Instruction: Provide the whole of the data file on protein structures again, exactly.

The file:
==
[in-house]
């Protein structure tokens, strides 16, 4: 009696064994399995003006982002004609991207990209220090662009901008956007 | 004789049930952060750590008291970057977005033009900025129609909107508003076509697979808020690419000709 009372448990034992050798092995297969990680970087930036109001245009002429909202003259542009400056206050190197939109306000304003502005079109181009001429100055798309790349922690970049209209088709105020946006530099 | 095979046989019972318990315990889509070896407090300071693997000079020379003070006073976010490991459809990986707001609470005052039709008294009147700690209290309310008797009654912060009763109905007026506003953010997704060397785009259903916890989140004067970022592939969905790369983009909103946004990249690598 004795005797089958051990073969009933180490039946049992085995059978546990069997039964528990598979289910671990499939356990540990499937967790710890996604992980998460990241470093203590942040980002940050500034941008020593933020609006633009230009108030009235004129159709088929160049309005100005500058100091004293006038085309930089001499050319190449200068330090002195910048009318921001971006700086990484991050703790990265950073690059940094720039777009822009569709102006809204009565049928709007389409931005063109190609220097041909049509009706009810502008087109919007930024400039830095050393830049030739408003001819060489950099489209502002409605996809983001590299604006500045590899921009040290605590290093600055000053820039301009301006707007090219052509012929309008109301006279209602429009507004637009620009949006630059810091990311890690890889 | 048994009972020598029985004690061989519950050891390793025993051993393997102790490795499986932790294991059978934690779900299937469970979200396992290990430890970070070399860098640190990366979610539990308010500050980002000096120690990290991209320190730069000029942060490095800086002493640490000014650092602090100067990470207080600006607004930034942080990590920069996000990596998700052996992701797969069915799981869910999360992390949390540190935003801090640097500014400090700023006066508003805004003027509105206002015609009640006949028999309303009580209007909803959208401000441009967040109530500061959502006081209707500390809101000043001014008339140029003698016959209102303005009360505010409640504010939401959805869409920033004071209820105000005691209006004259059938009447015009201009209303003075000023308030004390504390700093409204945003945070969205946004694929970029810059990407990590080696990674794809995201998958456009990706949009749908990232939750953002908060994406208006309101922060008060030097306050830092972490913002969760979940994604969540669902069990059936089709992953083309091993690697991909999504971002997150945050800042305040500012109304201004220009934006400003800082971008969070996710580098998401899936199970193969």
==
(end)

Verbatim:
[in-house]
């Protein structure tokens, strides 16, 4: 009696064994399995003006982002004609991207990209220090662009901008956007 | 004789049930952060750590008291970057977005033009900025129609909107508003076509697979808020690419000709 009372448990034992050798092995297969990680970087930036109001245009002429909202003259542009400056206050190197939109306000304003502005079109181009001429100055798309790349922690970049209209088709105020946006530099 | 095979046989019972318990315990889509070896407090300071693997000079020379003070006073976010490991459809990986707001609470005052039709008294009147700690209290309310008797009654912060009763109905007026506003953010997704060397785009259903916890989140004067970022592939969905790369983009909103946004990249690598 004795005797089958051990073969009933180490039946049992085995059978546990069997039964528990598979289910671990499939356990540990499937967790710890996604992980998460990241470093203590942040980002940050500034941008020593933020609006633009230009108030009235004129159709088929160049309005100005500058100091004293006038085309930089001499050319190449200068330090002195910048009318921001971006700086990484991050703790990265950073690059940094720039777009822009569709102006809204009565049928709007389409931005063109190609220097041909049509009706009810502008087109919007930024400039830095050393830049030739408003001819060489950099489209502002409605996809983001590299604006500045590899921009040290605590290093600055000053820039301009301006707007090219052509012929309008109301006279209602429009507004637009620009949006630059810091990311890690890889 | 048994009972020598029985004690061989519950050891390793025993051993393997102790490795499986932790294991059978934690779900299937469970979200396992290990430890970070070399860098640190990366979610539990308010500050980002000096120690990290991209320190730069000029942060490095800086002493640490000014650092602090100067990470207080600006607004930034942080990590920069996000990596998700052996992701797969069915799981869910999360992390949390540190935003801090640097500014400090700023006066508003805004003027509105206002015609009640006949028999309303009580209007909803959208401000441009967040109530500061959502006081209707500390809101000043001014008339140029003698016959209102303005009360505010409640504010939401959805869409920033004071209820105000005691209006004259059938009447015009201009209303003075000023308030004390504390700093409204945003945070969205946004694929970029810059990407990590080696990674794809995201998958456009990706949009749908990232939750953002908060994406208006309101922060008060030097306050830092972490913002969760979940994604969540669902069990059936089709992953083309091993690697991909999504971002997150945050800042305040500012109304201004220009934006400003800082971008969070996710580098998401899936199970193969």